Drivers on the 16th Street Bridge and underneath it on Military Road NW already have seen plenty of off-peak construction work preparing for replacement of the bridge, but the project soon will affect rush hour traffic.
The District Department of Transportation plans to begin lane closings on the bridge on March 27. This will start with a lane closing on the northbound side, but will eventually affect southbound traffic as well. These full-time lane closings for the bridge reconstruction are likely to be in effect for about four months.
Lanes on Military Road also will be closed, but the main effect is likely to be felt on 16th Street, a major north-south commuter route with limited alternatives for cars and Metrobuses.
D.C. Mayor Muriel Bowser and DDOT director Leif Dormsjo plan to highlight this upcoming phase of the project during a visit to the bridge Monday morning. If this is your commuting route and you haven’t worked out an alternative already, now is the time. Don’t wait till the lane reductions start. Congestion is likely to be extremely bad, especially in the early days when some drivers, unfortunately, will first learn of the project.
But District officials have been warning for many months that this phase was approaching. The construction impact is likely to be so severe that I included the project on my top 10 list of transportation developments that would affect commuters in 2015.
Other effects: The 16th Street ramp to westbound Military Road NW will be closed during this phase, DDOT said. A detour will be posted. Drivers also should watch for turn restrictions at the 16th Street bridge.
Military Road underneath the bridge will be completely closed for up to eight weekends to dismantle parts of the old structure. Drivers may find their access to bridge ramps blocked, with detours set up.
The traffic congestion is likely to be less on Military Road than on 16th Street, but the Military commuters should still allow extra time for their trips.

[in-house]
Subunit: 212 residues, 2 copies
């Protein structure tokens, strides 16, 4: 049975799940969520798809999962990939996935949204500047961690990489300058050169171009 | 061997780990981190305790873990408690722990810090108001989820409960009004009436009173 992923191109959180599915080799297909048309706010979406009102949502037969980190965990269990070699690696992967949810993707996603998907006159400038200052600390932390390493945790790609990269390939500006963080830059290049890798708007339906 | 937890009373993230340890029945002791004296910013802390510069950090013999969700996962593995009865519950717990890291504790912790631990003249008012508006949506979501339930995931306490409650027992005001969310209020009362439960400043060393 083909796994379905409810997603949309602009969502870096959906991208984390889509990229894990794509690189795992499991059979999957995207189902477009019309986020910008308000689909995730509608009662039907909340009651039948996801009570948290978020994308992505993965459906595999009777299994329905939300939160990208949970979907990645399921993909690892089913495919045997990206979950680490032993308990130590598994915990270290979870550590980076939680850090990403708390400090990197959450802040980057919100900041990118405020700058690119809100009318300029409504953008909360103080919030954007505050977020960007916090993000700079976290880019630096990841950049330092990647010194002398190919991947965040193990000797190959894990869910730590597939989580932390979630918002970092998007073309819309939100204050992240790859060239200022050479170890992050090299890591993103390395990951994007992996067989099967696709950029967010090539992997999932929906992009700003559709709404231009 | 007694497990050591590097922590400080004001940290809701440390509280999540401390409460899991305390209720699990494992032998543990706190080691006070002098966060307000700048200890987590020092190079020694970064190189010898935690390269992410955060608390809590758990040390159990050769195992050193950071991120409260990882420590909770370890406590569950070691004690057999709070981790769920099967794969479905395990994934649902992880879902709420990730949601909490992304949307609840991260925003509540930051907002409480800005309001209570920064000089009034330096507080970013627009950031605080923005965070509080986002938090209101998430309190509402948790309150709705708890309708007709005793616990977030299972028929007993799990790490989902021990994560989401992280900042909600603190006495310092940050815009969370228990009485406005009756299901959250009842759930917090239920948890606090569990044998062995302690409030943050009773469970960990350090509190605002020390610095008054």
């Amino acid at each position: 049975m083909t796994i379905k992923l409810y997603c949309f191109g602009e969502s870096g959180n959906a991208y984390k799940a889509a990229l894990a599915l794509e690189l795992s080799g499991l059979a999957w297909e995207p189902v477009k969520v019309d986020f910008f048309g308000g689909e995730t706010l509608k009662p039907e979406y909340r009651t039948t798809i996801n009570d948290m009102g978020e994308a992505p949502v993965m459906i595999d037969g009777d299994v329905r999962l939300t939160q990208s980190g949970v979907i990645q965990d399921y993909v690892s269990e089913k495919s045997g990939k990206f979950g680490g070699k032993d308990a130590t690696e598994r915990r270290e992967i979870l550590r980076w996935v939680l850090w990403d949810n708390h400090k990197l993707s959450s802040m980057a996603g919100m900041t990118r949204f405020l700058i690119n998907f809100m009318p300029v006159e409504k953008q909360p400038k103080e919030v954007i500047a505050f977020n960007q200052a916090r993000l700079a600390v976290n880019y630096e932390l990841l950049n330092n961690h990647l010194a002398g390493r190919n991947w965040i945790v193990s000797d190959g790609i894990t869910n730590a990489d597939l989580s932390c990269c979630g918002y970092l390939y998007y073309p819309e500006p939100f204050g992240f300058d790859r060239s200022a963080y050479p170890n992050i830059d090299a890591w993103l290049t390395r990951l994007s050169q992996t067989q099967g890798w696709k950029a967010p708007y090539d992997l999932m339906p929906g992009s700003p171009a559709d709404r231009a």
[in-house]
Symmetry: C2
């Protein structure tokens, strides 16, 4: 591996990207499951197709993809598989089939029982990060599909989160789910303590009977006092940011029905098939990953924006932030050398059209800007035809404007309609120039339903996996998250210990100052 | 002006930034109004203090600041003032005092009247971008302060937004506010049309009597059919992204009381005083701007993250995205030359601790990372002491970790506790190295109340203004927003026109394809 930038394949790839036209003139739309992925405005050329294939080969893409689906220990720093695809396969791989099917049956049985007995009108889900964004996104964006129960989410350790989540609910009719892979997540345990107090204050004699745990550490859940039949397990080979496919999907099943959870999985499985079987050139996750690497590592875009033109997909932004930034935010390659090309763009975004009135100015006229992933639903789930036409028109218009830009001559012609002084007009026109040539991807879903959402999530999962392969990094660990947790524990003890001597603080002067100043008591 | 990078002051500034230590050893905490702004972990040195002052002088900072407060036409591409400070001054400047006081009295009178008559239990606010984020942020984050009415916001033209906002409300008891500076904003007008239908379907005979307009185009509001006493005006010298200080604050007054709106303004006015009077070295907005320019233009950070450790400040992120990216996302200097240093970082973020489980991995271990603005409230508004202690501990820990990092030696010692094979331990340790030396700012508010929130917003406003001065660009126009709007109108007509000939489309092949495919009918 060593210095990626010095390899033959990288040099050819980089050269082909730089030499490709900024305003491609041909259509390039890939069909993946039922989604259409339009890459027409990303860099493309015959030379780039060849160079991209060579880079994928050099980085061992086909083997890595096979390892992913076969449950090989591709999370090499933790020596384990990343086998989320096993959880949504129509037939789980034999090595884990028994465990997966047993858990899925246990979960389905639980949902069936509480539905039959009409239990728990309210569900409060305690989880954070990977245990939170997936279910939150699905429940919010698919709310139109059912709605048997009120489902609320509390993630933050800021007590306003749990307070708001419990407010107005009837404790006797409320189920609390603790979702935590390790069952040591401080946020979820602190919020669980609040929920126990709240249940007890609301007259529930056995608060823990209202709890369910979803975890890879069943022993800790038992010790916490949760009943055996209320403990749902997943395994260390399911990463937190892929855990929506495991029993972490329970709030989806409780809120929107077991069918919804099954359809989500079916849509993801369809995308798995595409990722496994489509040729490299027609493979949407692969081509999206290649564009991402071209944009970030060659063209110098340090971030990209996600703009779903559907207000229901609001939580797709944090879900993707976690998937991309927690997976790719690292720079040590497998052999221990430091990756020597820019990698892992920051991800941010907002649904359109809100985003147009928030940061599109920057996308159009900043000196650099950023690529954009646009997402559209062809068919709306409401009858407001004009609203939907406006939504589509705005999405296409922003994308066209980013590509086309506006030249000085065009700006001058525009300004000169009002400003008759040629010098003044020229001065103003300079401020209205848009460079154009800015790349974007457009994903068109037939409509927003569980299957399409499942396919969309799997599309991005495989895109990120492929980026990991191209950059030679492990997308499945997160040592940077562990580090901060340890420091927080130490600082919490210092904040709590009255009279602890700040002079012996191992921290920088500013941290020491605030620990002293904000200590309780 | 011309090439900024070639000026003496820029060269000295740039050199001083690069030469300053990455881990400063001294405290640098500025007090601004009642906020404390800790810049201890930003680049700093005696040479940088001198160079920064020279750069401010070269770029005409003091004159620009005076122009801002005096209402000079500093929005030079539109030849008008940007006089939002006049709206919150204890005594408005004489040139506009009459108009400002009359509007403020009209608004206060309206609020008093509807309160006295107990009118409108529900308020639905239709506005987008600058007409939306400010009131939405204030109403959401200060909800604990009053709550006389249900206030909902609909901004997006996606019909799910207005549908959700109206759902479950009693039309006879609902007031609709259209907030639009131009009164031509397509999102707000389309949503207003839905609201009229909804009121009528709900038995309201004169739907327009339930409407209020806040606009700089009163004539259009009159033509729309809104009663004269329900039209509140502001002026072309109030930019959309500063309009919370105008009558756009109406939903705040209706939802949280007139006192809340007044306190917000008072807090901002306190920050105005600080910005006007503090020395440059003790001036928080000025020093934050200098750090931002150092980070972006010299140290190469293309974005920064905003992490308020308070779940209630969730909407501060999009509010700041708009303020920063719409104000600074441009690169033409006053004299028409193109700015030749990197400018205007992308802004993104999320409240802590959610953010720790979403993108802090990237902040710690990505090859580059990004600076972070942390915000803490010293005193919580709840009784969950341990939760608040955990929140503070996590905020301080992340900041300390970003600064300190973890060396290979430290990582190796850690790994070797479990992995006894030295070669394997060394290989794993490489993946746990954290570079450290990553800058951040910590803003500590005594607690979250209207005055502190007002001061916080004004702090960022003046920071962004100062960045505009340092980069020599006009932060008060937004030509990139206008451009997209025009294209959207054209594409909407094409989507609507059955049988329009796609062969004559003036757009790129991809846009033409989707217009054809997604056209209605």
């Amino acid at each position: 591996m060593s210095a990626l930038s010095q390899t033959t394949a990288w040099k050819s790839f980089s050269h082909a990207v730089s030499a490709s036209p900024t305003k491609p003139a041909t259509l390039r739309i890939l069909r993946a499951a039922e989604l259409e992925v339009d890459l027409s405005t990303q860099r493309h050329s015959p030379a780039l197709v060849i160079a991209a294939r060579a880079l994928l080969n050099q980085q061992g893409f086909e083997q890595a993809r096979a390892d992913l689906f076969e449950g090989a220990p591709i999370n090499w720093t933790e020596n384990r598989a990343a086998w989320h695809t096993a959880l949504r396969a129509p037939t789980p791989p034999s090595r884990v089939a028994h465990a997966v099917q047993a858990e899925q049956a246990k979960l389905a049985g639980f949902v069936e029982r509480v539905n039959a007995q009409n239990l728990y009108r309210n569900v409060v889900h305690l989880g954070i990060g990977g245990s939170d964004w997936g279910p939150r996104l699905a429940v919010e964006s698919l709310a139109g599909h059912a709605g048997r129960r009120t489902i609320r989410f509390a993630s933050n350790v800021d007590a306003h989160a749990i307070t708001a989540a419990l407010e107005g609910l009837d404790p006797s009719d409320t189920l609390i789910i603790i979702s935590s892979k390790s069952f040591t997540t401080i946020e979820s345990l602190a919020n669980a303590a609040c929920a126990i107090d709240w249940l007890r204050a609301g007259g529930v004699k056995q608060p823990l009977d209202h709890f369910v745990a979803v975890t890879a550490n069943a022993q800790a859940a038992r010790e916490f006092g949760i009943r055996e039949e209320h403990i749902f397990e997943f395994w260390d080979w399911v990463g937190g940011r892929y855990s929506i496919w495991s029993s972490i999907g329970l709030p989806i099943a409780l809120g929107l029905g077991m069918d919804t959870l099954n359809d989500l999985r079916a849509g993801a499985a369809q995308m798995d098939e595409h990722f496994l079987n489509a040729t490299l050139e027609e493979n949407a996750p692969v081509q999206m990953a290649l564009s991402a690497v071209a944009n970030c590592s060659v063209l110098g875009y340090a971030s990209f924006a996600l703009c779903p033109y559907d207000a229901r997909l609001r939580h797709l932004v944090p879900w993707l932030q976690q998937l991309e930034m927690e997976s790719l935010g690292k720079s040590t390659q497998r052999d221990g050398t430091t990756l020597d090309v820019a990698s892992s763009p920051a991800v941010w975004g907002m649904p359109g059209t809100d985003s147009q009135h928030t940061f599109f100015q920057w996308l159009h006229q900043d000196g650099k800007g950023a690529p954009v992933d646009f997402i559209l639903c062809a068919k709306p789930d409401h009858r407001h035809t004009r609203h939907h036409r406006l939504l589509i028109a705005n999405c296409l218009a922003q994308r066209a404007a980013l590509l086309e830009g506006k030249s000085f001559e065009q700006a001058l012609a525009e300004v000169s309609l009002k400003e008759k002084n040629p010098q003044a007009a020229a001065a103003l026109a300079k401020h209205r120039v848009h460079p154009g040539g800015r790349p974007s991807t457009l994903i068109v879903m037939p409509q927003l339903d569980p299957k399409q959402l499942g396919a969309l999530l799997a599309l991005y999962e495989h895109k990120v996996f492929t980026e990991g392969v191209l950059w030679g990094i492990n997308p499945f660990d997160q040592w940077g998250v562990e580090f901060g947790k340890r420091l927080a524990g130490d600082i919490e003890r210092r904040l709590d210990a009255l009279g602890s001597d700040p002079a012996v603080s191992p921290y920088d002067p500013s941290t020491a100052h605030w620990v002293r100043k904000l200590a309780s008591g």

The location of the bridge limits the alternative routes. Rock Creek Park is just to the west. “There are not a lot of options,” Paul Hoffman, the DDOT project manager, pointed out to me during a tour of the bridge area last fall.
DDOT hopes to divert 8,000 vehicles a day from the work zone. The primary north-south option is Georgia Avenue, to the east of the bridge. Some drivers will envision other options that involve the park or neighborhood streets, but they are likely to be frustrated by narrow, winding roads and intersections that were not meant to handle many commuters.
“Georgia Avenue was made to move a lot of traffic,” Hoffman said. DDOT plans to adjust the traffic signals to compensate for additional volume. But Georgia Avenue already is slow at rush hours through such neighborhoods as Silver Spring, Petworth and Shaw.
One popular commuting option for drivers in the Silver Spring area combines Piney Branch Road and 13th Street NW, but this route doesn’t have the traffic capacity that Georgia does.
Drivers who now find 16th convenient don’t need to use Georgia for the entire trip. South of the work zone, the major links between the two roadways are Arkansas and Colorado avenues.
Capital Beltway commuters who use the Georgia exit in the morning will be better off sticking with southbound Georgia rather than making the right onto 16th.
This project is going to have a major effect on the Metrobus S Line on 16th Street. But one alternative for commuters in the Silver Spring area is to take the Metro Extra 79 bus, the limited-stop service on Georgia and Seventh Street NW.
Some commuters who normally drive downtown may find it more convenient to park at one of the outer Red Line stations — Glenmont, Wheaton, Forest Glen or Silver Spring — and ride downtown.
While the planners’ major concern is with traffic on 16th, some long-distance commuters from the north who use Missouri Avenue and Military may find they’re better off on East West Highway in Montgomery County, even though that route gets crowded at peak periods.
The blocks around the work zone are residential. Give the locals a break. If you get stuck in traffic on 16th, don’t block the intersections and bottle up the neighborhoods.